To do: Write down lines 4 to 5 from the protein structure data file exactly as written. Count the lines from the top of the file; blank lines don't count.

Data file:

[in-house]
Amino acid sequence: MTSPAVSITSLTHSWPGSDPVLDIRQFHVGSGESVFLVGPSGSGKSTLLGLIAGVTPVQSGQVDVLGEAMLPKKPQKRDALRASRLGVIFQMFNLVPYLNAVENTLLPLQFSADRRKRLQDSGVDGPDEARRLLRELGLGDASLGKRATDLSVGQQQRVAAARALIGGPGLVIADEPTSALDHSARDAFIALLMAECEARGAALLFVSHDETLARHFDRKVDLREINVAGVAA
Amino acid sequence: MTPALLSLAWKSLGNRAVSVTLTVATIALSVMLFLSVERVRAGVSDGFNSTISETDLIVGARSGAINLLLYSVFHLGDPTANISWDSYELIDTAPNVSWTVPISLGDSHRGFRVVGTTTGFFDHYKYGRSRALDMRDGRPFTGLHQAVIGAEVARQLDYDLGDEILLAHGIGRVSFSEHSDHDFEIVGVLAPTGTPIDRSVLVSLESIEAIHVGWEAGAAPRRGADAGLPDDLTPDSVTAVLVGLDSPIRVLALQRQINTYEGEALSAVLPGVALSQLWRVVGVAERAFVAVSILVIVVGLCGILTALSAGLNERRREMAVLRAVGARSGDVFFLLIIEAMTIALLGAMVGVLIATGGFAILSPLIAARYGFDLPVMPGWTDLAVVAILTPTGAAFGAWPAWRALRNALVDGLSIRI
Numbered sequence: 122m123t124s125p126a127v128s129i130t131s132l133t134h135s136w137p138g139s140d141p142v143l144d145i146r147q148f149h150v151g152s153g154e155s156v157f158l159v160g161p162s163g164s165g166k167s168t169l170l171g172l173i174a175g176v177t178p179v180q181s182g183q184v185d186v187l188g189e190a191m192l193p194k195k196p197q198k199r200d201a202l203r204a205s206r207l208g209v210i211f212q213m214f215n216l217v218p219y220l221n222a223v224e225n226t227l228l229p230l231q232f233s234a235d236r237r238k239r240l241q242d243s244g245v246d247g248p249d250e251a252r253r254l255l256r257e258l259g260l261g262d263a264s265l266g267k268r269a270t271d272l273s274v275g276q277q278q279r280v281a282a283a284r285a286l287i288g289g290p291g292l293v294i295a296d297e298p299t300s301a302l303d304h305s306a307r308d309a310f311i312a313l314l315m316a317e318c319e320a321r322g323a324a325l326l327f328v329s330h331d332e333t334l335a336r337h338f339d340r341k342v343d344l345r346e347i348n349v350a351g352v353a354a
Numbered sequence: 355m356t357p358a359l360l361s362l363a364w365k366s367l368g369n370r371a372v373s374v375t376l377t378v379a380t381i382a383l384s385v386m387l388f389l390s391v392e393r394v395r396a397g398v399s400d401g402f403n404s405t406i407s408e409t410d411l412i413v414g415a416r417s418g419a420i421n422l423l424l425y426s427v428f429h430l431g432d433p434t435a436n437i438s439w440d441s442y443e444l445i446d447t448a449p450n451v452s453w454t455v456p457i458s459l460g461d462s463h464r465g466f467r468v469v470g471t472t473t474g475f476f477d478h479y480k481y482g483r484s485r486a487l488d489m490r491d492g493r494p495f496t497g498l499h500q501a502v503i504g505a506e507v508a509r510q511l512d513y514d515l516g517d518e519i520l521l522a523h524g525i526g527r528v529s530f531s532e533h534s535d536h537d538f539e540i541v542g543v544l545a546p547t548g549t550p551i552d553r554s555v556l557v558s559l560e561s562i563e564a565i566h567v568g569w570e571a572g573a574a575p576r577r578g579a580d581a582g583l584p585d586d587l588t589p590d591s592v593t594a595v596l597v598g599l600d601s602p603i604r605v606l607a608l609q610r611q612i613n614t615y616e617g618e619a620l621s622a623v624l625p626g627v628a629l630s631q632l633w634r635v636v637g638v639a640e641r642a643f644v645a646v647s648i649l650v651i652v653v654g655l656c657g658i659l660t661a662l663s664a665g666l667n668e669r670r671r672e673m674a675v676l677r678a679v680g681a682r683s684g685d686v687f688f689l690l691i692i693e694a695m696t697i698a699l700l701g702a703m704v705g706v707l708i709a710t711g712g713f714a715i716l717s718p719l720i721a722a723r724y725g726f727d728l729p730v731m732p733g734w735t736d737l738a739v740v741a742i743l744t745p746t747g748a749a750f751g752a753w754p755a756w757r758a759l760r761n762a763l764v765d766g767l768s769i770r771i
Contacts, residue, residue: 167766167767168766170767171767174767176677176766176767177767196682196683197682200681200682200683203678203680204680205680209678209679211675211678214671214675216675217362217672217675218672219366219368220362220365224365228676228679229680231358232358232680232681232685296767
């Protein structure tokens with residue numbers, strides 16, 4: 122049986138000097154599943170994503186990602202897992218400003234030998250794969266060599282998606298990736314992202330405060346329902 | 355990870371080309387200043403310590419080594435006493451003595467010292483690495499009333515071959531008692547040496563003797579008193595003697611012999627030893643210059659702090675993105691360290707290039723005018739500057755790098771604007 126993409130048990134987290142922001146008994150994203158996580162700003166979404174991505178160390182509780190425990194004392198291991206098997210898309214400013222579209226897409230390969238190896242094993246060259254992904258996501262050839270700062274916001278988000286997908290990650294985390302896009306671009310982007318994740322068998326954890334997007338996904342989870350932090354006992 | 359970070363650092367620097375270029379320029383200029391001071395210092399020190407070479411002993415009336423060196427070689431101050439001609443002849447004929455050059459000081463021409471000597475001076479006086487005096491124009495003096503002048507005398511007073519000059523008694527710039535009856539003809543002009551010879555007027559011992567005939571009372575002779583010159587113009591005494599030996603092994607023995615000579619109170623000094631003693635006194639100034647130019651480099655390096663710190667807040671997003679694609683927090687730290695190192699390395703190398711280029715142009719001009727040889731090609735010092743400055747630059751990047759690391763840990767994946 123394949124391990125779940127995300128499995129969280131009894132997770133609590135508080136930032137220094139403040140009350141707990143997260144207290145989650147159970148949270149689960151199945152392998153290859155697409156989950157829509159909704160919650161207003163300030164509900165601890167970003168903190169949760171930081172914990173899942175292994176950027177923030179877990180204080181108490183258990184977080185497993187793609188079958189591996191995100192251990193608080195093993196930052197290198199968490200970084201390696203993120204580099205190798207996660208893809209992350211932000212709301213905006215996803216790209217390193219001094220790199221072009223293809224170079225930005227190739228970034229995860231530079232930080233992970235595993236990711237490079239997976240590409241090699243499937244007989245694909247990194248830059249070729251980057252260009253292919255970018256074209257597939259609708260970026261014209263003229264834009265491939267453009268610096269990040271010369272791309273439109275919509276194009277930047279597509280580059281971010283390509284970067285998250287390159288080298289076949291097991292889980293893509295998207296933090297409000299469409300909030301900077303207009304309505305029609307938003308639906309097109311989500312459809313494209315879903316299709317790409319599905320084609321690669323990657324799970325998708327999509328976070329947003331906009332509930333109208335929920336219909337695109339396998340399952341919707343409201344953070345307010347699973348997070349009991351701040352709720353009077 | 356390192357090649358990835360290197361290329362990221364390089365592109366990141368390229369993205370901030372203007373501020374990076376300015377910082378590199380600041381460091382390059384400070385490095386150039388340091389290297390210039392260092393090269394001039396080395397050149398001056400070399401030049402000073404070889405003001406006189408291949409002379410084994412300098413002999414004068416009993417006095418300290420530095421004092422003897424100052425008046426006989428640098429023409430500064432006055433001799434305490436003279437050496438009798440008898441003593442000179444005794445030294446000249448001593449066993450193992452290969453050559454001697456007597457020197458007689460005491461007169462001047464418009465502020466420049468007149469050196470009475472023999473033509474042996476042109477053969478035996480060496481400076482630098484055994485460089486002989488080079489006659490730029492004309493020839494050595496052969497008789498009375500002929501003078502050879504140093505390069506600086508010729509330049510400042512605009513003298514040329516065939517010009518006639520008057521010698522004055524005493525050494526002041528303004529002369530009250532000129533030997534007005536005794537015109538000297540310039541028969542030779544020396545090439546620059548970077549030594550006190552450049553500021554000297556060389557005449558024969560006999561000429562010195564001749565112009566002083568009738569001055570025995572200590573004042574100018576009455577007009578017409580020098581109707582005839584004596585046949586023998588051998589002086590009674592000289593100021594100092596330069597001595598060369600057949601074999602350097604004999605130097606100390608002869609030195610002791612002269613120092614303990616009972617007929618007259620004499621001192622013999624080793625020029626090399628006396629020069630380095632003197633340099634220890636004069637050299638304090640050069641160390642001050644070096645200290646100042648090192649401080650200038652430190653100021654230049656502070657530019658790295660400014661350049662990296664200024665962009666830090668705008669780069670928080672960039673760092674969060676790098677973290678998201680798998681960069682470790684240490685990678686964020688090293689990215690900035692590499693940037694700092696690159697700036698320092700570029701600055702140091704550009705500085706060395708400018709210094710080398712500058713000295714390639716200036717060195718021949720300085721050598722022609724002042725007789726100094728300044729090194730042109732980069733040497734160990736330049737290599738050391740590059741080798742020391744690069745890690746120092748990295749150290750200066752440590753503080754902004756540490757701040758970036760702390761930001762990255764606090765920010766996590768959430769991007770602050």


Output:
Numbered sequence: 122m123t124s125p126a127v128s129i130t131s132l133t134h135s136w137p138g139s140d141p142v143l144d145i146r147q148f149h150v151g152s153g154e155s156v157f158l159v160g161p162s163g164s165g166k167s168t169l170l171g172l173i174a175g176v177t178p179v180q181s182g183q184v185d186v187l188g189e190a191m192l193p194k195k196p197q198k199r200d201a202l203r204a205s206r207l208g209v210i211f212q213m214f215n216l217v218p219y220l221n222a223v224e225n226t227l228l229p230l231q232f233s234a235d236r237r238k239r240l241q242d243s244g245v246d247g248p249d250e251a252r253r254l255l256r257e258l259g260l261g262d263a264s265l266g267k268r269a270t271d272l273s274v275g276q277q278q279r280v281a282a283a284r285a286l287i288g289g290p291g292l293v294i295a296d297e298p299t300s301a302l303d304h305s306a307r308d309a310f311i312a313l314l315m316a317e318c319e320a321r322g323a324a325l326l327f328v329s330h331d332e333t334l335a336r337h338f339d340r341k342v343d344l345r346e347i348n349v350a351g352v353a354a
Numbered sequence: 355m356t357p358a359l360l361s362l363a364w365k366s367l368g369n370r371a372v373s374v375t376l377t378v379a380t381i382a383l384s385v386m387l388f389l390s391v392e393r394v395r396a397g398v399s400d401g402f403n404s405t406i407s408e409t410d411l412i413v414g415a416r417s418g419a420i421n422l423l424l425y426s427v428f429h430l431g432d433p434t435a436n437i438s439w440d441s442y443e444l445i446d447t448a449p450n451v452s453w454t455v456p457i458s459l460g461d462s463h464r465g466f467r468v469v470g471t472t473t474g475f476f477d478h479y480k481y482g483r484s485r486a487l488d489m490r491d492g493r494p495f496t497g498l499h500q501a502v503i504g505a506e507v508a509r510q511l512d513y514d515l516g517d518e519i520l521l522a523h524g525i526g527r528v529s530f531s532e533h534s535d536h537d538f539e540i541v542g543v544l545a546p547t548g549t550p551i552d553r554s555v556l557v558s559l560e561s562i563e564a565i566h567v568g569w570e571a572g573a574a575p576r577r578g579a580d581a582g583l584p585d586d587l588t589p590d591s592v593t594a595v596l597v598g599l600d601s602p603i604r605v606l607a608l609q610r611q612i613n614t615y616e617g618e619a620l621s622a623v624l625p626g627v628a629l630s631q632l633w634r635v636v637g638v639a640e641r642a643f644v645a646v647s648i649l650v651i652v653v654g655l656c657g658i659l660t661a662l663s664a665g666l667n668e669r670r671r672e673m674a675v676l677r678a679v680g681a682r683s684g685d686v687f688f689l690l691i692i693e694a695m696t697i698a699l700l701g702a703m704v705g706v707l708i709a710t711g712g713f714a715i716l717s718p719l720i721a722a723r724y725g726f727d728l729p730v731m732p733g734w735t736d737l738a739v740v741a742i743l744t745p746t747g748a749a750f751g752a753w754p755a756w757r758a759l760r761n762a763l764v765d766g767l768s769i770r771i